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|2012||Lecturer||Department of Biology, University of York|
|2004 - 2012||Post-Doc||University College London|
|2004||PhD||Department of Zoology, University of Cambridge|
|2000||MRes||University College London|
|1999||BA||University of Cambridge|
Research centres on understanding the process of speciation in heliconiine and ithomiine butterflies. Both groups of butterflies are found in the neotropics and are noted for the diversity of wing colour patterns found within species, as well as also for mimetic convergence of colour patterns between species (Müllarian mimicry).
Making use of the Heliconius melpomene reference genome, the current focus involves using high-throughput sequencing approaches to understand the speciation process at the scale of the genome. In particular we are investigating genome-wide patterns of divergence, adaptive introgression, and quantifying the amount of genomic exchange between species.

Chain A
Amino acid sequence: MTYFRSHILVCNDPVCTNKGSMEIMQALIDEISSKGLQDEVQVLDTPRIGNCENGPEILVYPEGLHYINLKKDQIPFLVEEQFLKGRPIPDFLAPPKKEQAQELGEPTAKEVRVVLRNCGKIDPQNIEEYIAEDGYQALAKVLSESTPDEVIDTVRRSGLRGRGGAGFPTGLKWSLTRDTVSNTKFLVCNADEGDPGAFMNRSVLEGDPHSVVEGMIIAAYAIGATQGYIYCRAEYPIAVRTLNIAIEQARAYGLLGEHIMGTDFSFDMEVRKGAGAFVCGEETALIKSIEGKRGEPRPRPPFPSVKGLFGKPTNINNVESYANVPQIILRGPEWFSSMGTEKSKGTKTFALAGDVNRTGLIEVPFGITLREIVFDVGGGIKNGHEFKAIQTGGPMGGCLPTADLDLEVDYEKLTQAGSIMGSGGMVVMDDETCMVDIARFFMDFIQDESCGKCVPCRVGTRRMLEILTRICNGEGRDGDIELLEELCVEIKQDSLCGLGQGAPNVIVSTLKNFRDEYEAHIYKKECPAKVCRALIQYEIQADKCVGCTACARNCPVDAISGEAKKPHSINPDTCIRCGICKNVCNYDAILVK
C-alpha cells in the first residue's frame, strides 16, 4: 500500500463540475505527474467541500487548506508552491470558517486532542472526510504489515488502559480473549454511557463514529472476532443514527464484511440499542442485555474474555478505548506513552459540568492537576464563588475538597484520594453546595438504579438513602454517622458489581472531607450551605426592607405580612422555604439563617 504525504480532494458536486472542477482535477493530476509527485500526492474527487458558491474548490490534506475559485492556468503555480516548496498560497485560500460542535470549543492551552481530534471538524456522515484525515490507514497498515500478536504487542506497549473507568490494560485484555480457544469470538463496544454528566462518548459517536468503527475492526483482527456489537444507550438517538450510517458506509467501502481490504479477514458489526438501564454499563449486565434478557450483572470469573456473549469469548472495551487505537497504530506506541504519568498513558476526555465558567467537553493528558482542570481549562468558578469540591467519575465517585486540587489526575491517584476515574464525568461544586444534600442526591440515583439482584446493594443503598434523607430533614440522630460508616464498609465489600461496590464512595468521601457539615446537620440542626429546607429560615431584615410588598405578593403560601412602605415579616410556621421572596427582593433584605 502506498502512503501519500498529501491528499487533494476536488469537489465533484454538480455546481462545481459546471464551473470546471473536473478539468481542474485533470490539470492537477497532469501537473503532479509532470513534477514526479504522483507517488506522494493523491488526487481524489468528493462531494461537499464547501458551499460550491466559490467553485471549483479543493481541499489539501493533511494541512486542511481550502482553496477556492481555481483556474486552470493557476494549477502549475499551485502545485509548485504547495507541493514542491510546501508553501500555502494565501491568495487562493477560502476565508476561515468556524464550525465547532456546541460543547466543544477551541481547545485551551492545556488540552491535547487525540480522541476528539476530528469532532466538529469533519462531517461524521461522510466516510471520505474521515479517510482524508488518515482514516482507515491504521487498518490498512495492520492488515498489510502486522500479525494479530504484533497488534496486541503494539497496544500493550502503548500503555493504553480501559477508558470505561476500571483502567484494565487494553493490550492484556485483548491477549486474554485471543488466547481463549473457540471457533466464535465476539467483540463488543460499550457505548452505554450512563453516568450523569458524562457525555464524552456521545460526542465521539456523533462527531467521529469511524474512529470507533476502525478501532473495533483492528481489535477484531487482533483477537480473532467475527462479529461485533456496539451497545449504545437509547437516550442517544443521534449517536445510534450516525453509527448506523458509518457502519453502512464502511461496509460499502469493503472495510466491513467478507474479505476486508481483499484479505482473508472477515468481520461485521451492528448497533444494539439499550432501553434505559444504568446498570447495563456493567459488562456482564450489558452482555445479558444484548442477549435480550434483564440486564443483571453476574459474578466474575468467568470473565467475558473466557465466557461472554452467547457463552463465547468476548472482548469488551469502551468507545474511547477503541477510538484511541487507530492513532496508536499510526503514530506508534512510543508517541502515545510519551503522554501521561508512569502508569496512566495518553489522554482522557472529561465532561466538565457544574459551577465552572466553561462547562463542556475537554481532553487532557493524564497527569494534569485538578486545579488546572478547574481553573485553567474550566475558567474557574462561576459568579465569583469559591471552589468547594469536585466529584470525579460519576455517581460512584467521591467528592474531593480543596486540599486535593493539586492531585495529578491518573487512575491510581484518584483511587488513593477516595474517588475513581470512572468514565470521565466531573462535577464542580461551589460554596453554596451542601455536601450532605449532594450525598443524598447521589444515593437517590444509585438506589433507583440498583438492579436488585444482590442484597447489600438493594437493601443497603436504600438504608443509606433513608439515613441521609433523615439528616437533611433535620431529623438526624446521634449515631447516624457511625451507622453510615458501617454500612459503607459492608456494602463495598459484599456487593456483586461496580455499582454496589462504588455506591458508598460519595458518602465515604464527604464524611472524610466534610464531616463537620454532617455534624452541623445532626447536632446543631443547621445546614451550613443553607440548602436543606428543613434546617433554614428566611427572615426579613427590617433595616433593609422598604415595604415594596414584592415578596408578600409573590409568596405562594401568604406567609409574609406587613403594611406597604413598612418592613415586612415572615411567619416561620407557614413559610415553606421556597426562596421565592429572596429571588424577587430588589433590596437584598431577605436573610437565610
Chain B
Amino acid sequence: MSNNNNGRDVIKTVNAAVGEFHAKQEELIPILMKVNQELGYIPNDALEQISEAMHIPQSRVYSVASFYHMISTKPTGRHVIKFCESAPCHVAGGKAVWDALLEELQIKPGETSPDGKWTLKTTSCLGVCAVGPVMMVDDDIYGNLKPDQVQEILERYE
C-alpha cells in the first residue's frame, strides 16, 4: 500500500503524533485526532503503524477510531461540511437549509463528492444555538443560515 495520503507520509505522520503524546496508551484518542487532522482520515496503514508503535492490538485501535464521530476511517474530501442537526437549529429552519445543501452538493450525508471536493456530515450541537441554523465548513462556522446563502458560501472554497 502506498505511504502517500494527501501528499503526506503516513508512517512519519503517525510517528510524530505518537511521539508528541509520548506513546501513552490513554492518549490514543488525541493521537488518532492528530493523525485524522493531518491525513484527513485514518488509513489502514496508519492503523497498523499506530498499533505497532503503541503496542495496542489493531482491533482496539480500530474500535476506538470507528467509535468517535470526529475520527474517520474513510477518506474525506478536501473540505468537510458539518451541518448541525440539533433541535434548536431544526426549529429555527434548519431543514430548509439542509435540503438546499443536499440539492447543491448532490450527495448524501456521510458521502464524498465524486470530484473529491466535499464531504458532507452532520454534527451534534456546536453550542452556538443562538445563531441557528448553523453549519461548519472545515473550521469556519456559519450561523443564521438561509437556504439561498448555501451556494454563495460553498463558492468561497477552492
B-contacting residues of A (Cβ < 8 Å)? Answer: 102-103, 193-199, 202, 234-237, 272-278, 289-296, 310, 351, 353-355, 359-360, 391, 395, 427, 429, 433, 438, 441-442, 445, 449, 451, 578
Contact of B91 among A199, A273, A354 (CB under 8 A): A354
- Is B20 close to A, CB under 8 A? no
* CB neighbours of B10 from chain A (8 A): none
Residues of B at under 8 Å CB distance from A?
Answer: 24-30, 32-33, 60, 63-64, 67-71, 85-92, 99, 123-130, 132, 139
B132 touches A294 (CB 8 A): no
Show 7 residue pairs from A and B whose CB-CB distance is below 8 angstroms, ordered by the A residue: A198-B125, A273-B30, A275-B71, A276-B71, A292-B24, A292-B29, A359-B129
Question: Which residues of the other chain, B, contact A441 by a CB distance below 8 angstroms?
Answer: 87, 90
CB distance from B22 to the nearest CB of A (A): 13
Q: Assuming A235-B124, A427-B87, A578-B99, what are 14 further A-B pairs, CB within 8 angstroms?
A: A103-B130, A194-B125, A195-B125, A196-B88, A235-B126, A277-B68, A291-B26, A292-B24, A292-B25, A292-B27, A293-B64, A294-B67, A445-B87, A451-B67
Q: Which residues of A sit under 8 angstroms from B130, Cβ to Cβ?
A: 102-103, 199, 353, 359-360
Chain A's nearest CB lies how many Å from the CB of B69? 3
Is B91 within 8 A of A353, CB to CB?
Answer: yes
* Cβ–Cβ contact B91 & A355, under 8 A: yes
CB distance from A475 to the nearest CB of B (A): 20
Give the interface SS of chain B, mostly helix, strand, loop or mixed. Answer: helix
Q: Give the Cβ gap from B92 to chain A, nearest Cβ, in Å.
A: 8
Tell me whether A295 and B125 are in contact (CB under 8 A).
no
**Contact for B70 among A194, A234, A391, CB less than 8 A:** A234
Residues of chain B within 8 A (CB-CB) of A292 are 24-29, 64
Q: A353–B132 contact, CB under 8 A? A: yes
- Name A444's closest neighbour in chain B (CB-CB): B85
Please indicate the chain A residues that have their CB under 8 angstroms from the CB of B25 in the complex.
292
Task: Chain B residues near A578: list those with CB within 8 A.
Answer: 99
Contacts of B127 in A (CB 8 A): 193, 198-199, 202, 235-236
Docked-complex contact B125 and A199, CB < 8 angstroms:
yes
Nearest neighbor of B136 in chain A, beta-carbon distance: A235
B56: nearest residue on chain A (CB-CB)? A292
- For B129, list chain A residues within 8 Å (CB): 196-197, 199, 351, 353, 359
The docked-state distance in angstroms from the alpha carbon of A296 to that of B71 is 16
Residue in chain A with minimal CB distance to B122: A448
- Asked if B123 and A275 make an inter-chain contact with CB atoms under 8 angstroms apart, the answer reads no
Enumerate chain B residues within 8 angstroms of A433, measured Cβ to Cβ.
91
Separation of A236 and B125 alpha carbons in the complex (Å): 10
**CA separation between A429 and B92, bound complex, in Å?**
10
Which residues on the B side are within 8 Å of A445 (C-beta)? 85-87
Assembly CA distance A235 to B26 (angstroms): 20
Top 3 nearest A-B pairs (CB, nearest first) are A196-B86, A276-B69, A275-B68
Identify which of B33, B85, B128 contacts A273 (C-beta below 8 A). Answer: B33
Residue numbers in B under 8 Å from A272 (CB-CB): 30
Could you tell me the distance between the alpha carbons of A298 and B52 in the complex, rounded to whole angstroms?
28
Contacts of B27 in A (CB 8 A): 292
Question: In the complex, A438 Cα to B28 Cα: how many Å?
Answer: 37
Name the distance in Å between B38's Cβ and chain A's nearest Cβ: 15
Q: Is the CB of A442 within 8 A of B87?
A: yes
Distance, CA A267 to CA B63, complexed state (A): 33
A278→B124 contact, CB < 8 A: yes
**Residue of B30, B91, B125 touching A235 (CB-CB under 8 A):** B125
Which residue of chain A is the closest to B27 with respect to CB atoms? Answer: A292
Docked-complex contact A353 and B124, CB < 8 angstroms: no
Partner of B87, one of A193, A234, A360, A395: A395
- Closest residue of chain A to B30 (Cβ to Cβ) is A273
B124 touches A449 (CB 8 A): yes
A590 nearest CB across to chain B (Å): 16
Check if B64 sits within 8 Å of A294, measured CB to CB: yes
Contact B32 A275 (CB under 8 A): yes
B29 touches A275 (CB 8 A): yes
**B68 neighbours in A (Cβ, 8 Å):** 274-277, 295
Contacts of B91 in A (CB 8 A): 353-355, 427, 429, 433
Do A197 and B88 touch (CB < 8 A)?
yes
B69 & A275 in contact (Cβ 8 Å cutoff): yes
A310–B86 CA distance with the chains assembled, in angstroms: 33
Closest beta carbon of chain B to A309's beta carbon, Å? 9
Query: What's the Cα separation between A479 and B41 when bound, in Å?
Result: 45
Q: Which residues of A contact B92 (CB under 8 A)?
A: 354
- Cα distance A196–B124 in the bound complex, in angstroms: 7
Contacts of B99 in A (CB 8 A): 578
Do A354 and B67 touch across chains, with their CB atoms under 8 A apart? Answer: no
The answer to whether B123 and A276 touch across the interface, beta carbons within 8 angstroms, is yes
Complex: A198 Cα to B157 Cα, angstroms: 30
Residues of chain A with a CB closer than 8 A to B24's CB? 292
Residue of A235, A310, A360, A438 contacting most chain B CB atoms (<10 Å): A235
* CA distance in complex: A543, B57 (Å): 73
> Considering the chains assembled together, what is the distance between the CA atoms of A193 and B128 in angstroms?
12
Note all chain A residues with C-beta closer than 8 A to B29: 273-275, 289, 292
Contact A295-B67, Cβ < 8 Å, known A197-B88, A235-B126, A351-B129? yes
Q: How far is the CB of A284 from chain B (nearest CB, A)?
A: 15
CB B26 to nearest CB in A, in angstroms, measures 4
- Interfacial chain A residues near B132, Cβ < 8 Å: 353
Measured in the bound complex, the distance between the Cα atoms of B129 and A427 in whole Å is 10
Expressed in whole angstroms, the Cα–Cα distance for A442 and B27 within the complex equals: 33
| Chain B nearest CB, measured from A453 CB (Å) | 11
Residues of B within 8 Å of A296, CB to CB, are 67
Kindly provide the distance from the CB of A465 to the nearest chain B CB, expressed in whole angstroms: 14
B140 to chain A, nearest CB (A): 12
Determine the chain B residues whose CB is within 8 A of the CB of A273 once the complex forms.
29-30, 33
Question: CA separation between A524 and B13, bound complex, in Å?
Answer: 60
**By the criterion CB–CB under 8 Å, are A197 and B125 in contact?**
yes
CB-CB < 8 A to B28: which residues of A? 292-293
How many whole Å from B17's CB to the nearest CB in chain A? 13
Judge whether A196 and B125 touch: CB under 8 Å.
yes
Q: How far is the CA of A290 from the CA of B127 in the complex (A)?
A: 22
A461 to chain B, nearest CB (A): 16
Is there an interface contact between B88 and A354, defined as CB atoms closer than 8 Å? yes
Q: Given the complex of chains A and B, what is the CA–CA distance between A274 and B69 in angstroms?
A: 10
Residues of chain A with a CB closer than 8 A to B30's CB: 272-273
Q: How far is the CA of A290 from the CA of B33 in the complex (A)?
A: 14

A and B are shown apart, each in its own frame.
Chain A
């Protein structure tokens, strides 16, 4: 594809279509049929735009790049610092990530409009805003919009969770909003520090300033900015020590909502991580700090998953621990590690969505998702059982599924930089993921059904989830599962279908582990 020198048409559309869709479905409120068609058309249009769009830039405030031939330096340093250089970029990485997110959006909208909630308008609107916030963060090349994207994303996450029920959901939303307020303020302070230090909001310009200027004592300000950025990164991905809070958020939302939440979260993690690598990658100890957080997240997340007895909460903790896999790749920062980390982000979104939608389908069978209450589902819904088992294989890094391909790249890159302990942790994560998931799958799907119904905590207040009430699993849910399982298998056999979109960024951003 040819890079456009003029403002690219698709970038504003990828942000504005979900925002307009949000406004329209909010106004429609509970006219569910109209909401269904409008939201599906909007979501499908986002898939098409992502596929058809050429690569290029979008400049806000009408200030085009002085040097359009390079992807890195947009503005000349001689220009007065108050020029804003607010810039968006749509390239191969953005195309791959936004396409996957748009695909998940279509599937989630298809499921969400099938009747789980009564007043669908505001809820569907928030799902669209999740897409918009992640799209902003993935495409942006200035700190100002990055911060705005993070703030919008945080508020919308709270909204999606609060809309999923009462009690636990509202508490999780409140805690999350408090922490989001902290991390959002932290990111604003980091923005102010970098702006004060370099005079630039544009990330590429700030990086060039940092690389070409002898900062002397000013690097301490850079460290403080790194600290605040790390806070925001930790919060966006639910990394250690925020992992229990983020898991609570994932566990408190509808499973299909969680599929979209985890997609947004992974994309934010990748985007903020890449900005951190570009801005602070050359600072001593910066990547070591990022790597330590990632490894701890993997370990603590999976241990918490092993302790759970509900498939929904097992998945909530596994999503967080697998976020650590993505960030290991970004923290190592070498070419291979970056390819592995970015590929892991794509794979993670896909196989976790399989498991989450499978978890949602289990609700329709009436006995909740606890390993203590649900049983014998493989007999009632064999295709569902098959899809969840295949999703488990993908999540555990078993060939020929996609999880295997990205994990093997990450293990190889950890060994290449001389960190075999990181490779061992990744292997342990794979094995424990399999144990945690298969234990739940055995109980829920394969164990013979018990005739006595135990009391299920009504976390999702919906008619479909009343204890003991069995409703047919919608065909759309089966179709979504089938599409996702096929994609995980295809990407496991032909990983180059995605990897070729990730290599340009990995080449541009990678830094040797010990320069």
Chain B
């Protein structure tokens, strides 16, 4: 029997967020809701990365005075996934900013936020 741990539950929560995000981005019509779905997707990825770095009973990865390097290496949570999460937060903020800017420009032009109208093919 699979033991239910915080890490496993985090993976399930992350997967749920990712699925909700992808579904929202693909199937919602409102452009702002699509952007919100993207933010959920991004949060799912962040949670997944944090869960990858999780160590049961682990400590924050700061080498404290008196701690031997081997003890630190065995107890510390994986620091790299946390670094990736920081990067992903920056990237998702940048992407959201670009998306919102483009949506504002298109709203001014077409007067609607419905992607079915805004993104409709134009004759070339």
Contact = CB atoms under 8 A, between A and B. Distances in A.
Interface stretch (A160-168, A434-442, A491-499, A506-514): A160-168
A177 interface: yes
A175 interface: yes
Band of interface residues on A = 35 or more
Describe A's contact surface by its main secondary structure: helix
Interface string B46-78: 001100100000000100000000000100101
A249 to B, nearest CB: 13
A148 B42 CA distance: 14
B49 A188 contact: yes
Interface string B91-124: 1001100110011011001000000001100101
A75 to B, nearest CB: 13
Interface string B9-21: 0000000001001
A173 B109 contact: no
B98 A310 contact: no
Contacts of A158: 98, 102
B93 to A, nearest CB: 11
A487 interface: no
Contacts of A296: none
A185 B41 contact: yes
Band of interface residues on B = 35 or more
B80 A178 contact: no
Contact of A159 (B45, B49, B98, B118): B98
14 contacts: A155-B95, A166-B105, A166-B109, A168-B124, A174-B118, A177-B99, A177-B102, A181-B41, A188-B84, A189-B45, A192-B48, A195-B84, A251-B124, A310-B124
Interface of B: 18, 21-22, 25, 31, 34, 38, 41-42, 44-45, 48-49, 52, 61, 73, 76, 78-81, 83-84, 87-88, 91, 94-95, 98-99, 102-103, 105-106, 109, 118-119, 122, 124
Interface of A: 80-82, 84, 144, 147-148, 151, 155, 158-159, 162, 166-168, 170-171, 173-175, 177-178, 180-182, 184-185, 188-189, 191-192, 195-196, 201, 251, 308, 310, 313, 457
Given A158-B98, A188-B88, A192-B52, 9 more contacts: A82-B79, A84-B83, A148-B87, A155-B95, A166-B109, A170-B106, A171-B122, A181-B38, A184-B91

Dasmahapatra KK, Walters JR et al (2012) Butterfly genome reveals promiscuous exchange of mimicry adaptations among species. Nature 487: 94-98.
Martin SH, Dasmahapatra KK, Nadeau NJ, Salazar C, Walters JR, Simpson F, Blaxter ML, Manica A, Mallet J, Jiggins CD (in press) Genome-wide evidence for speciation with gene flow in Heliconius butterflies. Genome Research
We have recently published the genome sequence of the neotropical butterfly Heliconius melpomene. By comparing the genomes of closely-related Heliconius species we have discovered that adaptive genes involved in determining mimicry colour patterns have been shared between species by hybridization.
|Research Student||Jake Morris||Pre-zygotic reproductive barriers in Heliconius butterflies|
|Postdoctoral research assistant||Neil Rosser||The importance of gene flow in speciation of Heliconius butterflies|